We are proud to announce the arrival of a new interviewer at the Oral History Center, Todd Holmes. Todd is joining us from the Bill Lane Center for the American West at Stanford University, where he was a researcher and Affiliated Scholar. Todd completed his PhD from Yale University, where he studied the political history of California and its impact on national politics in the late-20th century. His book manuscript is called The Fruits of Fracture: The Corporate West, The United Farm Workers Movement, and the Rise of Reaganism in American Politics. We were intrigued by Todd’s interests, skills, and promise as an oral historian, and thought he would be a great addition to our group, helping us with our series on Politics and Government; Business; Food and Wine; Natural Resources, Land Use, and the Environment; and Social Movements.
We thought it would be appropriate to conduct an oral history interview with Dr. Holmes to learn a bit more about him and to share what we learned with you. Although Todd’s doctorate in history was from back East, he in fact hails from California. He grew up in Roseville, northeast of Sacramento, with both sides of his family farming in the Central Valley. As a child, Todd showed a passion for history, especially the history of US presidents. But unlike many, he persisted in his passion by earning a B.A. and M.A. in history from Sacramento State, resulting in a comparison amongst some of his relatives between him and the Forrest Gump: “Well, Todd just kept going to school because no one told him he had to stop.” At Yale, Todd broadened his interests in subfields of history, and other disciplines as well, including political science and anthropology, which was particularly facilitated by his four years as coordinator of the interdisciplinary Agrarian Studies Program.
In this interview, Todd also discusses the evolution of his dissertation/ book project, which views the rise of Reagan’s brand of politics through the lens of the struggle between the California farmworkers movement and what he calls the Corporate West, a unified front in California that coalesced partly in response to labor organization in California’s farms and fields in the 1960s. Todd’s extensive archival research ranged from politicians to corporate ledgers to the documents of the United Farmworkers. But it was the oral history collection here at the Bancroft Library that he feels helped him to understand what was going on beyond the documentary record:
… there’s no archival material that could give you this type of insight. Reagan’s business advisors, Holmes Tuttle, Henry Salvatori, the kind of influence and relationships and how that worked. There is no paper trail. Holmes Tuttle didn’t write letters with Ronald Reagan; he talked to him on the phone every single day.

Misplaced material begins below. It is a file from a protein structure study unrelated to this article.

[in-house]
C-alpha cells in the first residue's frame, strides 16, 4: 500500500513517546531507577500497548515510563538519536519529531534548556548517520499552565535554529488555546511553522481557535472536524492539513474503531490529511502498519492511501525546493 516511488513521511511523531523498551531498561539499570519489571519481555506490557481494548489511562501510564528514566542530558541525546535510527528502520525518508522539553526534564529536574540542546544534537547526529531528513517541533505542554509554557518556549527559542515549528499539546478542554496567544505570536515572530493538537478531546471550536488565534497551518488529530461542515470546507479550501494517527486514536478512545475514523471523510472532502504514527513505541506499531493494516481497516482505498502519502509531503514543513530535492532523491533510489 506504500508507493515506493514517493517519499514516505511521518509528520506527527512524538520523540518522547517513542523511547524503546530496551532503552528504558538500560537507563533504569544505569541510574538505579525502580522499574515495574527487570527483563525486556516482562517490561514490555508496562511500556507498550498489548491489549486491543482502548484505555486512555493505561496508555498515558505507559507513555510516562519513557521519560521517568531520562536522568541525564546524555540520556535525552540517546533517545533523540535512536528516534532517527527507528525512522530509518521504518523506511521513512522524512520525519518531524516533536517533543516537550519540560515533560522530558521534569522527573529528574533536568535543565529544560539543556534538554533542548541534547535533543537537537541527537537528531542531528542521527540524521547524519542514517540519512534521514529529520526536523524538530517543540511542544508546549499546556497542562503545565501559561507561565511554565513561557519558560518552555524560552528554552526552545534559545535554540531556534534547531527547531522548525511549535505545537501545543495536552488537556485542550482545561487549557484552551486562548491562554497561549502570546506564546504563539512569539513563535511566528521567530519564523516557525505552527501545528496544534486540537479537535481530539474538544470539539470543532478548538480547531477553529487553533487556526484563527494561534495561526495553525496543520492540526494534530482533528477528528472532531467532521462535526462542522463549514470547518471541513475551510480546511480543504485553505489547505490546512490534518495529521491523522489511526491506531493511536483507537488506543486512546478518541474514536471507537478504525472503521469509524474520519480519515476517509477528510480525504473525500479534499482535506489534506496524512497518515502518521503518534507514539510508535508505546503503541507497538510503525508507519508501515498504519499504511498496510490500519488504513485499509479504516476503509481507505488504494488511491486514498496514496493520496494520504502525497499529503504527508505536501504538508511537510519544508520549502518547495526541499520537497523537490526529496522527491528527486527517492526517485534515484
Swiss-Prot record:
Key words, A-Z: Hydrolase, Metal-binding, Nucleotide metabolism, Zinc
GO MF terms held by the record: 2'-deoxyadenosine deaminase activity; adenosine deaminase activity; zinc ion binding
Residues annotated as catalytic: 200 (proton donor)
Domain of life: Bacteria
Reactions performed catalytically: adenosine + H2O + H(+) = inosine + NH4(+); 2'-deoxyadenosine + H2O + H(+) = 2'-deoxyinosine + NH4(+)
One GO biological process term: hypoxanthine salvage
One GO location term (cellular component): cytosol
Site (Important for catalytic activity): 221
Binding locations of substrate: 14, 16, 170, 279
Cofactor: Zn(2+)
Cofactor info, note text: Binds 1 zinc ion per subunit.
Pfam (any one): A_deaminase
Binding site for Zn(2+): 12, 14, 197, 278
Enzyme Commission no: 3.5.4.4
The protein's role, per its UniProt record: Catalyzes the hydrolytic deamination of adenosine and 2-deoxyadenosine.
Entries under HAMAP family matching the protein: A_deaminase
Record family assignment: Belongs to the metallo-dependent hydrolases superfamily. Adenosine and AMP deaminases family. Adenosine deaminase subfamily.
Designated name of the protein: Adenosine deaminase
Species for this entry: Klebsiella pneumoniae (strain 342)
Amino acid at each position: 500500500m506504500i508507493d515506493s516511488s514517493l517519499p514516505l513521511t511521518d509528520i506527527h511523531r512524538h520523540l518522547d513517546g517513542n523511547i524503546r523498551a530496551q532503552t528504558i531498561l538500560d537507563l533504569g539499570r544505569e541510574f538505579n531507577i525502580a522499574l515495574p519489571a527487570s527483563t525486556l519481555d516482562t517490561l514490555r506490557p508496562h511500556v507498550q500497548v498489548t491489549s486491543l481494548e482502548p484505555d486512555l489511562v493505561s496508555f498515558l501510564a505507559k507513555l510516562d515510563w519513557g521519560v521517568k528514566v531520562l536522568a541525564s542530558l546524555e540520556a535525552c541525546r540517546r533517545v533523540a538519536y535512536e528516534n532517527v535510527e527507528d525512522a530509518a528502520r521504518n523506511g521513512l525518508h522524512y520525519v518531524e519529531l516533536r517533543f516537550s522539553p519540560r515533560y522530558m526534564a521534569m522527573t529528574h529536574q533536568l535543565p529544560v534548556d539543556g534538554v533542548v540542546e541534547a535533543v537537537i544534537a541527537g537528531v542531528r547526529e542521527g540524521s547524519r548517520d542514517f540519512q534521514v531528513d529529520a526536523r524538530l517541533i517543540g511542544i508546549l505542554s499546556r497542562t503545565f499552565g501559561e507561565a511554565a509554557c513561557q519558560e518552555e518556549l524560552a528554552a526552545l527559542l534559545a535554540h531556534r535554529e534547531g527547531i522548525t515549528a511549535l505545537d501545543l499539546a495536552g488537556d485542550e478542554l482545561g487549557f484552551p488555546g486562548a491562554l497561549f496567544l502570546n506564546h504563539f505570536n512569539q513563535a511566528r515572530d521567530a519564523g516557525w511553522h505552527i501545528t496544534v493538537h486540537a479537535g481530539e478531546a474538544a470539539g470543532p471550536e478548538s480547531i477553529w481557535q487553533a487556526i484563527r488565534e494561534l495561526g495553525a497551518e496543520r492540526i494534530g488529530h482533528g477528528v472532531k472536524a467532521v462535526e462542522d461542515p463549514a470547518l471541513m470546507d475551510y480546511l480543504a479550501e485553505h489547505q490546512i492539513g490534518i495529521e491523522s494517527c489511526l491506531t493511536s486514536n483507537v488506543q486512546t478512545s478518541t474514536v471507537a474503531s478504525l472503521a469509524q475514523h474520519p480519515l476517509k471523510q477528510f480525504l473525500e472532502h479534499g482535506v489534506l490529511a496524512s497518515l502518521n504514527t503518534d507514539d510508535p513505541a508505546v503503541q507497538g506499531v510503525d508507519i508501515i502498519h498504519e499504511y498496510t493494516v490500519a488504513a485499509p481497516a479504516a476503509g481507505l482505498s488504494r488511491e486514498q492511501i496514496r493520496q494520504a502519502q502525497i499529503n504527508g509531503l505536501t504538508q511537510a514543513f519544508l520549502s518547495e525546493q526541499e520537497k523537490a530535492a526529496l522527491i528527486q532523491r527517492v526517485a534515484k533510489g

Todd then went out on his own to interview housewives who made the consumer choices that supported the boycott, labor activists whose views revealed a range of perspectives on the farmworker movement, and larger growers who stood to lose from the UFW grape boycott. In these interviews, Todd realized the extent to which political identity in his story failed to cleave neatly along lines of party affiliation, occupation, socioeconomic status, race, or ethnicity. As one example, Todd recounts his interview with a self-identified conservative housewife who supported the grape boycott.
Notwithstanding this political complexity on the ground, Todd argues that the farmworkers’ bid for social justice ultimately produced a better organized, more broadly based conservative movement in California and, later, in the entire United States.
So at the end of the day you could say that the movement did this, this, and this. The unintended consequence is you just strengthened and galvanized and politically mobilized the very corporate entity that you thought you were challenging… And that kind of insight, what really pushed me to look at that, came from talking to a number of growers who had been in agriculture for a very long time.
It is from this conclusion that the interview turns to a discussion of the purpose of oral history, which is usually understood as a practice of social justice in itself, of redressing an imbalance in the documentary record that favors, well, the record keepers, the winners of history. While this is an important goal of oral history, Todd recalls that oral history is essential to understanding how people make sense of their world in every conceivable context, including the governance of the state of California.
After Todd completed his PhD, he took a post-doctoral fellowship at the Bill Lane Center for the American West at Stanford University, where he again immersed himself in an interdisciplinary environment that was devoted to historical scholarship, policy research and educational outreach about the region he knows best. At the Bill Lane Center, Todd became intrigued by the possibilities of working in a para-academic environment, one that is devoted to public history and making use of new technological platforms to reach more people: researchers, policymakers, students, and a curious public.
We are delighted to have Todd join us, and we look forward to collaborating with him on large oral history projects and on new ways to present our work online, using the latest tools to do so. Watch these pages for Todd’s contributions to the Oral History Center!
Paul Burnett, Oral History Center